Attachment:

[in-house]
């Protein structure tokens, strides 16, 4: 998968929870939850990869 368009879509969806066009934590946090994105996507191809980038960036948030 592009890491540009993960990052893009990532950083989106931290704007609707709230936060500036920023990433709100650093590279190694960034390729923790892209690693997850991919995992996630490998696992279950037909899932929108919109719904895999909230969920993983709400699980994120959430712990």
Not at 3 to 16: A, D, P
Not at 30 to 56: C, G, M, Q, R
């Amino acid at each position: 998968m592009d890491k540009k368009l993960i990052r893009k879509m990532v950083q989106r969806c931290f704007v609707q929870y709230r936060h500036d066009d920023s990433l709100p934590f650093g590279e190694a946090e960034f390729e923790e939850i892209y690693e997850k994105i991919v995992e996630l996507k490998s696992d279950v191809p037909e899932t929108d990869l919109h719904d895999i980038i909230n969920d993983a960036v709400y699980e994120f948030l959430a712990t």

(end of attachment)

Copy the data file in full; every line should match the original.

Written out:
[in-house]
């Protein structure tokens, strides 16, 4: 998968929870939850990869 368009879509969806066009934590946090994105996507191809980038960036948030 592009890491540009993960990052893009990532950083989106931290704007609707709230936060500036920023990433709100650093590279190694960034390729923790892209690693997850991919995992996630490998696992279950037909899932929108919109719904895999909230969920993983709400699980994120959430712990």
Not at 3 to 16: A, D, P
Not at 30 to 56: C, G, M, Q, R
């Amino acid at each position: 998968m592009d890491k540009k368009l993960i990052r893009k879509m990532v950083q989106r969806c931290f704007v609707q929870y709230r936060h500036d066009d920023s990433l709100p934590f650093g590279e190694a946090e960034f390729e923790e939850i892209y690693e997850k994105i991919v995992e996630l996507k490998s696992d279950v191809p037909e899932t929108d990869l919109h719904d895999i980038i909230n969920d993983a960036v709400y699980e994120f948030l959430a712990t």